Life is about adapting to change.

Trust me I know this one.

Enjoy your new home.

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Ask Aunty S

askauntys2

Dear Aunty S

I have just finished reading the story of the woman who has an abusive father.

This is my life except for one fact; it’s both my parents.

Their demands wear me out and I am intimidated and frightened of them even though I’m fifty years old.

I work fulltime and then my evenings are taken up cooking and cleaning for them.

They refuse to have home help even though I’ve offered to pay. I mow their lawn as they don’t want a stranger doing it.

I live in the same town as them and my husband and I constantly fight over our lack of time together, and my brother calls me a doormat. He is angry with me for not standing up to them and is prepared to go halves with me to pay for private home-care. I seem to have spent all of my life trying to make them like me so I suppose this is why I am their doormat.

I haven’t had a break from them in over twelve years.

I know my brother and husband are right but how do I break free?

 

Aunty S responds

Oh my darling girl, you can do it.

You are halfway there by writing to me.

You have spent a lifetime trying to win your parents love and respect at a huge cost to your health and now the relationship you have with your husband is strained.

Time to walk away my dear.

Folk will only change if they want too. I’m sorry but your parents don’t want to change.

Visit them with your brother and kindly tell them you can no longer cook and clean for them as you are worn out, and explain that private homecare and gardening which includes the lawn being mowed will be covered by both of you from this day on.

Don’t back down my darling.

I am only a click away.

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Ask Aunty S

askauntys2

Dear Aunty S

My husband has taken a position in a ghastly small town without telling me and I don’t want to sell up and move as I could think of nothing worse than living in the country as I am a city girl.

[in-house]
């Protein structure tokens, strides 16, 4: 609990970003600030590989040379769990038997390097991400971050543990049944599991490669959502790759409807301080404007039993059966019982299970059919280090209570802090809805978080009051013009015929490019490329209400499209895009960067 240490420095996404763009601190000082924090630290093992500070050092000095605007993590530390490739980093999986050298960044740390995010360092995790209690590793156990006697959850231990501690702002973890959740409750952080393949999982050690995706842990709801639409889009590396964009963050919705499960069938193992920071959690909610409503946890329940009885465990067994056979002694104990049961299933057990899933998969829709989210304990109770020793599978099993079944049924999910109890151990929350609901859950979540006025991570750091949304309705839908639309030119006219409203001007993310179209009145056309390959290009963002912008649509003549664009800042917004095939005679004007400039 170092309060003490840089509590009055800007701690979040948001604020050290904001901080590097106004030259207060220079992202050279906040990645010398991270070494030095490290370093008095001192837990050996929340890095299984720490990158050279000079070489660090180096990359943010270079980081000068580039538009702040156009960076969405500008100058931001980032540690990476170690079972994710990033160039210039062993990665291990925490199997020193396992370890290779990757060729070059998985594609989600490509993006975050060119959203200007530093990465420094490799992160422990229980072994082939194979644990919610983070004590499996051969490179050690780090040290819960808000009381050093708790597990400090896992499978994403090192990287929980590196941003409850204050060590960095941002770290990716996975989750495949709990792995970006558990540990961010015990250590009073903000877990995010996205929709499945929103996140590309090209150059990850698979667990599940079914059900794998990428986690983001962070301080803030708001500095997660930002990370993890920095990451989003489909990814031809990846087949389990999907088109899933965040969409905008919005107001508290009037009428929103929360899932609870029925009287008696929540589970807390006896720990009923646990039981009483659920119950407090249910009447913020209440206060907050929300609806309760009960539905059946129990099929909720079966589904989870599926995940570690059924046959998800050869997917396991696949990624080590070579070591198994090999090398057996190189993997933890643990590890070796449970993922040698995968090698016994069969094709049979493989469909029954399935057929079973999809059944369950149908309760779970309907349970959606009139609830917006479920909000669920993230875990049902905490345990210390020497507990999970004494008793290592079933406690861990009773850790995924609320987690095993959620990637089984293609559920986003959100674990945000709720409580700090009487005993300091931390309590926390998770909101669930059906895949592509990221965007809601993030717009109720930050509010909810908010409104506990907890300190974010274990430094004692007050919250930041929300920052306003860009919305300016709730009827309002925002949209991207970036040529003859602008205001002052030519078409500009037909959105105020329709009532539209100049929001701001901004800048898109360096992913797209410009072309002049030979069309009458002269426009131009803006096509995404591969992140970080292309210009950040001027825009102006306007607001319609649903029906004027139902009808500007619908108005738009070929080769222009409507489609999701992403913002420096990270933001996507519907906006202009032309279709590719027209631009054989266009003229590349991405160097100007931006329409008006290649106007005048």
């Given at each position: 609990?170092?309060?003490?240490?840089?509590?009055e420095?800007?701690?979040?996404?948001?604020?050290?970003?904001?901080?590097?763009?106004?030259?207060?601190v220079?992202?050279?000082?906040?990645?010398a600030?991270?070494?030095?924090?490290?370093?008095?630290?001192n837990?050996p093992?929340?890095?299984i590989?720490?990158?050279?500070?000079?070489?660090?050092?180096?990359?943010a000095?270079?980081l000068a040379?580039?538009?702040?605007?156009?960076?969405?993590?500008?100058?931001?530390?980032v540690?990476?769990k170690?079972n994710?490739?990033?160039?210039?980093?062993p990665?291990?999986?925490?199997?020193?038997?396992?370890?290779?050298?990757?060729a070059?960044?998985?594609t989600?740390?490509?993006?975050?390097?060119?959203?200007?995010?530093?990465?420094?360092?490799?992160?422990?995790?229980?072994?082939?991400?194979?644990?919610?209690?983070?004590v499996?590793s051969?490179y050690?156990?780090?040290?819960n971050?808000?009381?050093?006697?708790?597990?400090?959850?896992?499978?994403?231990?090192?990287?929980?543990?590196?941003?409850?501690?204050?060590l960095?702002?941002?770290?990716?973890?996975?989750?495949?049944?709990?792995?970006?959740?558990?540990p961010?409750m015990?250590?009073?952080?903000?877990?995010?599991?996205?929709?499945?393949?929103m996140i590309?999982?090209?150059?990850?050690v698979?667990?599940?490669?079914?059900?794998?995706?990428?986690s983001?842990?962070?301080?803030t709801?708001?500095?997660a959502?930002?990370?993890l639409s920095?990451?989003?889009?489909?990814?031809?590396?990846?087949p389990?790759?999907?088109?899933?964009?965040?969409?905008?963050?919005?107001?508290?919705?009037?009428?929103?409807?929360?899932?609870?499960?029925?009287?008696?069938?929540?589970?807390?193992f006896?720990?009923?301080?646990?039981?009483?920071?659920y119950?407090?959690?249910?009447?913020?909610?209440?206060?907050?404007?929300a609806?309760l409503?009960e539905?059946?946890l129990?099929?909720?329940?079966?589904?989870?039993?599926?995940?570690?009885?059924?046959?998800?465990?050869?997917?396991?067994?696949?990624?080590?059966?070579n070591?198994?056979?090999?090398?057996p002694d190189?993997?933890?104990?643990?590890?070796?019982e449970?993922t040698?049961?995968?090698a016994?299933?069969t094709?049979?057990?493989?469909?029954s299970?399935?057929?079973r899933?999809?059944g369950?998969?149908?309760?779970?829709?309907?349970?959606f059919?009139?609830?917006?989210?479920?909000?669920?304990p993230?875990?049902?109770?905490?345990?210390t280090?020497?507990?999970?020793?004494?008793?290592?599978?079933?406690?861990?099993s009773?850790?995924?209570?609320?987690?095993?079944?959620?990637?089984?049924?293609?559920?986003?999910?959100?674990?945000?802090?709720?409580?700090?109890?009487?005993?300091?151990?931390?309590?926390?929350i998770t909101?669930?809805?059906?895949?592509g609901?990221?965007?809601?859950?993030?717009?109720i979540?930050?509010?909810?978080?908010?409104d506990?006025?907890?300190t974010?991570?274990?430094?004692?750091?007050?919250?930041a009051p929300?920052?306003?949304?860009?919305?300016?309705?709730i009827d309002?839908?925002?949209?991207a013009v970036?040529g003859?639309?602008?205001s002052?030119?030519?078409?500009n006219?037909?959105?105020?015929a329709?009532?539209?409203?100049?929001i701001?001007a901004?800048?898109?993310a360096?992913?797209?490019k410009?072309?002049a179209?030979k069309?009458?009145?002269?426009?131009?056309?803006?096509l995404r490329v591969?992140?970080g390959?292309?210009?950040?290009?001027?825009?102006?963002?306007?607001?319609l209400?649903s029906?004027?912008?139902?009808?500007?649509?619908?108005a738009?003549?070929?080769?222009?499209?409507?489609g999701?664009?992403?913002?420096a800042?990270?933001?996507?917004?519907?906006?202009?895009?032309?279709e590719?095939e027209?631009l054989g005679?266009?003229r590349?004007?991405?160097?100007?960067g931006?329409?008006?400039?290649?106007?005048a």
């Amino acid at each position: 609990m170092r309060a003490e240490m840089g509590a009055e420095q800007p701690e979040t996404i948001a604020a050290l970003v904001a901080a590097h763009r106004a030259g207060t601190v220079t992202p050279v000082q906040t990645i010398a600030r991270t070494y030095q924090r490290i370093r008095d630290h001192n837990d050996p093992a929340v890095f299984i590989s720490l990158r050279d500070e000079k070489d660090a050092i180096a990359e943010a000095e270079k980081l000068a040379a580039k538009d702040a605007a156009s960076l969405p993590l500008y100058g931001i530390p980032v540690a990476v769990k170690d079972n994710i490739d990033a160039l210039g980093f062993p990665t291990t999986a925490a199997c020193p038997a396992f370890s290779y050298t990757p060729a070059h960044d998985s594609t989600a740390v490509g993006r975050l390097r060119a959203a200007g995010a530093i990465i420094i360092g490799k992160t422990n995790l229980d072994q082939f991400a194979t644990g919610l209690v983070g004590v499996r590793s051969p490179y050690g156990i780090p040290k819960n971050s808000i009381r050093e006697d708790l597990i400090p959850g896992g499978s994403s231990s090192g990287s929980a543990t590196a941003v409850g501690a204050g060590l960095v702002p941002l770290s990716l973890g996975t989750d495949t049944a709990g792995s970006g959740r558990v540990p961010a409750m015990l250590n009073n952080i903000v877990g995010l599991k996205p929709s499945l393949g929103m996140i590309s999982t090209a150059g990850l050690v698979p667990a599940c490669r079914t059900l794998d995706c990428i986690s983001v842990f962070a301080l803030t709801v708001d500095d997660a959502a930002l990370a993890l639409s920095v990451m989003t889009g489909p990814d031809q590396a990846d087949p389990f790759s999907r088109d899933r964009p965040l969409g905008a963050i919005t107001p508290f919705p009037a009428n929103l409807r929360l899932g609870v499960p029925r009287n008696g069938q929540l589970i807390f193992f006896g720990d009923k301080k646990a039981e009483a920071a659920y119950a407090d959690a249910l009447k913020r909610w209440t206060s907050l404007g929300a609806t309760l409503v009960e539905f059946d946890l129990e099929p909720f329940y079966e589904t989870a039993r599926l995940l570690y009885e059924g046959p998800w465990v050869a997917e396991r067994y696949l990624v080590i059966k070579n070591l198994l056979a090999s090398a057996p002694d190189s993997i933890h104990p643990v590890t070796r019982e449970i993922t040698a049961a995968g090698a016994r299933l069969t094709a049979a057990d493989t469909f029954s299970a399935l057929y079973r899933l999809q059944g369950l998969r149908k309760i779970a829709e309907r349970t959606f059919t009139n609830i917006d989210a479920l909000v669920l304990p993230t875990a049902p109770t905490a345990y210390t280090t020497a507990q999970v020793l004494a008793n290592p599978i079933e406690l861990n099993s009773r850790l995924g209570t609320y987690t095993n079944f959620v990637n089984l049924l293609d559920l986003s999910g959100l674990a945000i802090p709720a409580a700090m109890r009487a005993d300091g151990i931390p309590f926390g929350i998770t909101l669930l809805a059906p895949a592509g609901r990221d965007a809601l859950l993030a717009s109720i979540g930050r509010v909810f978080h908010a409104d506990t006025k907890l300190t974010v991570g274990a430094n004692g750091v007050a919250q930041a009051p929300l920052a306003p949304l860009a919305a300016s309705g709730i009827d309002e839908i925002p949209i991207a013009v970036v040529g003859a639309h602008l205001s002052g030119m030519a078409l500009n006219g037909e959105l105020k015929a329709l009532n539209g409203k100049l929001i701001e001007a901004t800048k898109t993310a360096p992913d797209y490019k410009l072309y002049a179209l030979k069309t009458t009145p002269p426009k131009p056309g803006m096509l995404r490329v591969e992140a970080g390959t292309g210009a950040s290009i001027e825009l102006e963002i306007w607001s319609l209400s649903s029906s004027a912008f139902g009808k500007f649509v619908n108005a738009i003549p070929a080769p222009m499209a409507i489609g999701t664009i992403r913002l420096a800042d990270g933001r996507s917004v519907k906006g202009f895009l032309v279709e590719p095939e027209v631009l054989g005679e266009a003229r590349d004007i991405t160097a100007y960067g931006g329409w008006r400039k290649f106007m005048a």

I have lived in this house for twelve years and my gardens are exquisite as gardening is my second love after my family.

He says he is tired of working long hours to pay off our mortgages and wants to spend more time with the children and me.

He didn’t expect my negative reaction as he thought I’d be happy as our financial situation especially would drastically improve so now he is sad whilst I am angry.

I agree things have to change but not as drastic as moving us to the country.

Am I being unreasonable?

 

Aunty S responds

I am a country girl and could think of nothing worse than living in a city or a small town!

How about a compromise?

As your city home is a garden paradise, I checked out this small town, which by the way isn’t ghastly, and it so happens that there is a gorgeous house for sale set in a fantastic garden setting on the outskirts and it comes with a pool and a spa. The local school has an excellent reputation and is only a walk away.

You will be mortgage free and think of how this factor will impact positively on your lives.

I have sent you the details of the house.

 

Of course your husband should have told you how much he desperately wanted to escape the ‘mortgage drowning trap’ but he didn’t and now you must keep positive and show your kids you are willing to adapt to the changes that have been thrust upon you all.

Remember always his intentions were admirable as all he wanted was more family time and the mortgage noose around his neck, loosened.

You are a lucky girl my darling so count your blessings.

Hug him tight and reassure him that everything will be okay.

We are the stronger sex my dear.

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Spring Orchard Photos

 

Sam took these photos today looking over the south end of the orchard.


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Something to Think About

 

http://www.nzherald.co.nz/nz/news/article.cfm?c_id=1&objectid=11311656